“May the God who gives endurance and encouragement give you the same attitude of mind toward each other that Christ Jesus had, so that with one mind and one voice you may glorify the God and Father of our Lord Jesus Christ. Accept one another, then, just as Christ accepted you, in order to bring praise to God.” — Romans 15:5-7
The Greek word “proslambano” means “to receive,” “to accept by drawing near,” “to take to oneself” and “to take aside.” How needed is this “one another” command at a time when our culture seems to promote divisions over ethnicity, economic standing and other factors? Christians are called to break down barriers and promote unity in the body of Christ.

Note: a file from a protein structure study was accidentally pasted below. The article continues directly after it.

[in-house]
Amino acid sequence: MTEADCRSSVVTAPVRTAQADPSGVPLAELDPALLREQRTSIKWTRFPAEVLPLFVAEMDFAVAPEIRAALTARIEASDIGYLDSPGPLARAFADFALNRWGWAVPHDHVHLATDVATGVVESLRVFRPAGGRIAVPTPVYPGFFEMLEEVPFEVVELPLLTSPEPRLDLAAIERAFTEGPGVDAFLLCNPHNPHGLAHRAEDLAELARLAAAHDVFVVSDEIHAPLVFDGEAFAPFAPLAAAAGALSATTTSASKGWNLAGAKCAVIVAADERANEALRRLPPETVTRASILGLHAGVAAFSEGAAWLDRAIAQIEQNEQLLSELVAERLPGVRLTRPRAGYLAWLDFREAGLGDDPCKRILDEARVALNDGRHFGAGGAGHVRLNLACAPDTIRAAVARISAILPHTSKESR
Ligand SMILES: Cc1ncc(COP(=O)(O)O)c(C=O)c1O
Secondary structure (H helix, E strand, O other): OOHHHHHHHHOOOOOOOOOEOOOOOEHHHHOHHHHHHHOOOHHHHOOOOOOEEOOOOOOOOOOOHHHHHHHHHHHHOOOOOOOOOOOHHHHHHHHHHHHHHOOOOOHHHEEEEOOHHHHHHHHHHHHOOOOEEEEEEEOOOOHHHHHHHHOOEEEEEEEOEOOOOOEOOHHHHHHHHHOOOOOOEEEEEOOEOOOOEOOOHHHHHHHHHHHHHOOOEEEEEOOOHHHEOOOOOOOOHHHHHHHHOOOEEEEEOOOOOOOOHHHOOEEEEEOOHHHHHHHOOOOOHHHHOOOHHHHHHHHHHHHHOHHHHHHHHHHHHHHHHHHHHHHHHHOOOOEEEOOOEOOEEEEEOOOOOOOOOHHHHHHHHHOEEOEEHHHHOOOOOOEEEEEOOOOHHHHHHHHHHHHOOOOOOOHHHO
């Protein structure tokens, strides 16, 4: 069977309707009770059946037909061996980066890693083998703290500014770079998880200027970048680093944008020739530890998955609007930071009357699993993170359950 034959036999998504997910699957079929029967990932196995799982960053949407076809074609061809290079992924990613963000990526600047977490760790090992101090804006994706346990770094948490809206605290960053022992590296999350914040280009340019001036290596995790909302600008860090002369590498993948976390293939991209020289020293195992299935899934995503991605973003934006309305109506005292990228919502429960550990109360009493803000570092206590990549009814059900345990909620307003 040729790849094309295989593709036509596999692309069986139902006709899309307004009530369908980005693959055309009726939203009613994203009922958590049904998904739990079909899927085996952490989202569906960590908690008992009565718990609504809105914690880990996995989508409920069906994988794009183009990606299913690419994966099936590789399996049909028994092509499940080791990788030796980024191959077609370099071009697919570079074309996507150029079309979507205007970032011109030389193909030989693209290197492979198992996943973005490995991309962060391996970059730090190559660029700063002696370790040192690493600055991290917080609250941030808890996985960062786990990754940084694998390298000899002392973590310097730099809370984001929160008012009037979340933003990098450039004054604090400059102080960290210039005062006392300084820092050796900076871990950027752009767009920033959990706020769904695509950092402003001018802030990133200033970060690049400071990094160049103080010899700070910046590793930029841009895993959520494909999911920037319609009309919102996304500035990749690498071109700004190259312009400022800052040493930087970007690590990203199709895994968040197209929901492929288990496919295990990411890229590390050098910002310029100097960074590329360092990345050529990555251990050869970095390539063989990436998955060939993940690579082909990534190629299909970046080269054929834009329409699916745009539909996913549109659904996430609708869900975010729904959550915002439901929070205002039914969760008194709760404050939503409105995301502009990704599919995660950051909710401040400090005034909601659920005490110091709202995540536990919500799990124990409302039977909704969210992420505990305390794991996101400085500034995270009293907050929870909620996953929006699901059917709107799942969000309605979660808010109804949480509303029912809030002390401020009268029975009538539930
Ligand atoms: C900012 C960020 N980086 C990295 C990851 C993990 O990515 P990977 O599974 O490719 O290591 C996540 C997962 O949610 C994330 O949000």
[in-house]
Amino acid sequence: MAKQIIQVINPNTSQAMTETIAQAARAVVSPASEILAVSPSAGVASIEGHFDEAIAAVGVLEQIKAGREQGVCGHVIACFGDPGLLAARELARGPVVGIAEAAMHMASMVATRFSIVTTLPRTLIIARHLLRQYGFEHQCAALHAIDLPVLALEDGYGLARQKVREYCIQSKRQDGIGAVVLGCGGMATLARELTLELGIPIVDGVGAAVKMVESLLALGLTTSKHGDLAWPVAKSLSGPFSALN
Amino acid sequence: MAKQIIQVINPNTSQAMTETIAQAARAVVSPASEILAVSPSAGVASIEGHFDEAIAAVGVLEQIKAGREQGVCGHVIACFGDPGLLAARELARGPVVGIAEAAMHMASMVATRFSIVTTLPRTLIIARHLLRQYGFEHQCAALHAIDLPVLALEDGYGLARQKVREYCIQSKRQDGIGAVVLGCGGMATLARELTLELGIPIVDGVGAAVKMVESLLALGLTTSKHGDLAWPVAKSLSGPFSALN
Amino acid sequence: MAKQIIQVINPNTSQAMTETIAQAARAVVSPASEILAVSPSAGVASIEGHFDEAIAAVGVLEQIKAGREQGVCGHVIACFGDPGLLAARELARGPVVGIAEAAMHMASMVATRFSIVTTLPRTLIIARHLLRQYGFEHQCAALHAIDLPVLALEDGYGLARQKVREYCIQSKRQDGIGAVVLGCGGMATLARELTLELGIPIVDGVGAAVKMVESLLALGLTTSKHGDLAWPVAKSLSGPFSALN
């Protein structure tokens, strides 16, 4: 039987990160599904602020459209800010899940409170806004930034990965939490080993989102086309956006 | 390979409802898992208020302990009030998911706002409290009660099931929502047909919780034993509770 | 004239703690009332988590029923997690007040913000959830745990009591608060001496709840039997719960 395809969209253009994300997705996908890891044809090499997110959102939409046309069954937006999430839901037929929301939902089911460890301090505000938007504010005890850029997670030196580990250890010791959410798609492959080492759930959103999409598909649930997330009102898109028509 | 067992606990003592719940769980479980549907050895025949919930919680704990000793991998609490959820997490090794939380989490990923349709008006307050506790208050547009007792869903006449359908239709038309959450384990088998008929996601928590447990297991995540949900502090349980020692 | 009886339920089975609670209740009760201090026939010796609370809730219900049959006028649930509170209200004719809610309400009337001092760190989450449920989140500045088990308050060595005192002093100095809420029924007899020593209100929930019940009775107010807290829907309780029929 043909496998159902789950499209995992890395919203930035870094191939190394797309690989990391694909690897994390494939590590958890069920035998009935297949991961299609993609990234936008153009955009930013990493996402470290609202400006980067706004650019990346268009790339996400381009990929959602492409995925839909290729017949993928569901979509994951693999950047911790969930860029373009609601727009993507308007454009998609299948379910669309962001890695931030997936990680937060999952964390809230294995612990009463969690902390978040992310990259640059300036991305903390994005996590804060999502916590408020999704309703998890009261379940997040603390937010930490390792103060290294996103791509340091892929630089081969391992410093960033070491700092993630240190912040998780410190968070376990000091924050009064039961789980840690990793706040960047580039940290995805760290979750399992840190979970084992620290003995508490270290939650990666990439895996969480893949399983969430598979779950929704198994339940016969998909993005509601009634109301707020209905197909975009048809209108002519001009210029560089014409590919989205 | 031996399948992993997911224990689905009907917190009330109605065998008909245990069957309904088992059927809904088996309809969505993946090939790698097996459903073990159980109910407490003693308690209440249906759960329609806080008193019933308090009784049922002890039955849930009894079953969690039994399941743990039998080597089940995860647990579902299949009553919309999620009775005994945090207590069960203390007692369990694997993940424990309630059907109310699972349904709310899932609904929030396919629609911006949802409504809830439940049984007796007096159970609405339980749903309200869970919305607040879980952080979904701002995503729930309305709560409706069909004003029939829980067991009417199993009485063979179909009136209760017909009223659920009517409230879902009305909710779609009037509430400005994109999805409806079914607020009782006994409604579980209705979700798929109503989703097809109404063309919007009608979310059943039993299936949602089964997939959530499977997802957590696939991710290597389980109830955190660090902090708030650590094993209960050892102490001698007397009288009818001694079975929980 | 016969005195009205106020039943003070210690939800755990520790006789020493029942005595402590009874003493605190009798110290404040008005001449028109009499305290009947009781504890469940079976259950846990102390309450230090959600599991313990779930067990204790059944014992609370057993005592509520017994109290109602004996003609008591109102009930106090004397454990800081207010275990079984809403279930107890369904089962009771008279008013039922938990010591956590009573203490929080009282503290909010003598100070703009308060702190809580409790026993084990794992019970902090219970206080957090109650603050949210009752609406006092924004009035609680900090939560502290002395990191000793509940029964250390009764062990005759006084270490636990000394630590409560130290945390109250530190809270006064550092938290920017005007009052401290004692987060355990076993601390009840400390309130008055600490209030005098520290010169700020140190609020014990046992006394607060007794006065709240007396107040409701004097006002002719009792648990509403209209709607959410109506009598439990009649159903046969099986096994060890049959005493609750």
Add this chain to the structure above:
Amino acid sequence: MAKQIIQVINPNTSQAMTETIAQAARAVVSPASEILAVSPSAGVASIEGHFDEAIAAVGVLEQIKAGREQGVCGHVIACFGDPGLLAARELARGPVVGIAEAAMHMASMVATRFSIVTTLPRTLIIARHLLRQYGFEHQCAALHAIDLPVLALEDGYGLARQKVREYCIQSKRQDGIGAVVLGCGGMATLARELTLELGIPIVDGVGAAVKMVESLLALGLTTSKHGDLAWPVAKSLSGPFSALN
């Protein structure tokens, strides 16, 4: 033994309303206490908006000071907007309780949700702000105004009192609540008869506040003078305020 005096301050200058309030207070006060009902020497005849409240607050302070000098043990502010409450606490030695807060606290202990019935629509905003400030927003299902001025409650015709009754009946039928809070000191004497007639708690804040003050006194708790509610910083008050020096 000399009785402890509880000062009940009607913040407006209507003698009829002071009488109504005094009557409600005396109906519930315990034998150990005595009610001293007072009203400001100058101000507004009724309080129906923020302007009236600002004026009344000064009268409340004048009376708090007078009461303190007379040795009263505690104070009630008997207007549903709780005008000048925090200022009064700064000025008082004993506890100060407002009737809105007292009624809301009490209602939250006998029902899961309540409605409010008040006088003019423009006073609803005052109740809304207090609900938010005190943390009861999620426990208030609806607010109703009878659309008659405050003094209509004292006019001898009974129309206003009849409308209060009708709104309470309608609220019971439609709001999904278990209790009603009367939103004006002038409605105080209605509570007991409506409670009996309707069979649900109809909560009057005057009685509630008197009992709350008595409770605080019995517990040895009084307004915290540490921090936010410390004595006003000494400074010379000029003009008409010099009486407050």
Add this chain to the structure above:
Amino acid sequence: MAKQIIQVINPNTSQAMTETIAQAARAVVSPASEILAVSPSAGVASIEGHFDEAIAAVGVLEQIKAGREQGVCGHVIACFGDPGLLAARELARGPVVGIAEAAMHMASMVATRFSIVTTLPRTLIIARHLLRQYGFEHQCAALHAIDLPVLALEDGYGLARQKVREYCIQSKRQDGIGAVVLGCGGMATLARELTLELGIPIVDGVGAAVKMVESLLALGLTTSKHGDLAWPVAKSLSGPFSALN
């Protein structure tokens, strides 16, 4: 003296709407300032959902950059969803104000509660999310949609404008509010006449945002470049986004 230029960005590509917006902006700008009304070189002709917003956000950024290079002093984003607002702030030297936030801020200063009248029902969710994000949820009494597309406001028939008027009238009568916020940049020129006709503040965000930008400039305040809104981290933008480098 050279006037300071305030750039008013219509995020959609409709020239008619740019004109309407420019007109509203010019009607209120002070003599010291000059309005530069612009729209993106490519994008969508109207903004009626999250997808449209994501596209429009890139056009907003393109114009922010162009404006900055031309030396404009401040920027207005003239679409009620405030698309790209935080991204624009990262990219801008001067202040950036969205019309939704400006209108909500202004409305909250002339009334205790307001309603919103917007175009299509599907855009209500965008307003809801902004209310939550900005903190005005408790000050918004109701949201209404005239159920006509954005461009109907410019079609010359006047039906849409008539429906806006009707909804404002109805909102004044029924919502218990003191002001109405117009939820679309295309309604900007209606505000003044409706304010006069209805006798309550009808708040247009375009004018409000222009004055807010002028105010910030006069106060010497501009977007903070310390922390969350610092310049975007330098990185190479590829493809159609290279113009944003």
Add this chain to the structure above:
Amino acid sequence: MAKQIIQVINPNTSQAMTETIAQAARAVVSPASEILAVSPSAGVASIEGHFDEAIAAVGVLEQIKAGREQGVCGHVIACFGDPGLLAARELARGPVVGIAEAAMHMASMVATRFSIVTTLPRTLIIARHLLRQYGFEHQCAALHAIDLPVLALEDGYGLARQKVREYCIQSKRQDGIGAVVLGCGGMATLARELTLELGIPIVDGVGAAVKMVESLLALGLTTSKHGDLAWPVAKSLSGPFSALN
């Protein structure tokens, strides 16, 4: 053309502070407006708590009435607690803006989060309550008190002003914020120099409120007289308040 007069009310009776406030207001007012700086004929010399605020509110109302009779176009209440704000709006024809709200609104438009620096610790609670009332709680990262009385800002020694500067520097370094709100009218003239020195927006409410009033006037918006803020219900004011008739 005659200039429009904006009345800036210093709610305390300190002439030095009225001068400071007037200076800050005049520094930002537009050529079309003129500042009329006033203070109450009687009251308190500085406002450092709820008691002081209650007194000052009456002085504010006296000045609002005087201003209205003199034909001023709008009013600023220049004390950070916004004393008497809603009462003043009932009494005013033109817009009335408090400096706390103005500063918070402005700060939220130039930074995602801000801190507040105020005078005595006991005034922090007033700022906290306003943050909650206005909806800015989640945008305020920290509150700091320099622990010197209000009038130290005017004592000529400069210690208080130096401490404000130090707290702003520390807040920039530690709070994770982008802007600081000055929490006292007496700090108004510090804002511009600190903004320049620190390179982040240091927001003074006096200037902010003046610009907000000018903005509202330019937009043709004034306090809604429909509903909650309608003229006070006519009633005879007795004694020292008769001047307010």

The word “proslambano” is used 11 times in the New Testament. By looking at three of those occurrences, we can learn from some practical examples of how to “welcome or accept one another.”
In Acts 18:26 (ESV), when Priscilla and Aquilla encountered Apollos at Ephesus, “they took him aside and explained to him the way of God more accurately.”
In Acts 28:2 (ESV), on the occasion of Paul and others being shipwrecked on the island of Malta, we read, “The native people showed us unusual kindness, for they kindled a fire and welcomed us all, because it had begun to rain and was cold.”
When the Christian relationship between Onesimus and Philemon needed to be restored, Paul wrote and encouraged Philemon to “receive him as you would receive me” (Philemon 1:17, ESV).
How are you working on being accepting of others in a way that makes them feel loved? How are you breaking down the barriers that culture has put up around us? We, as Christians, are called to go above and beyond social acceptance; we are called to love.
— Jeff Totten, Detroit Tigers chaplain
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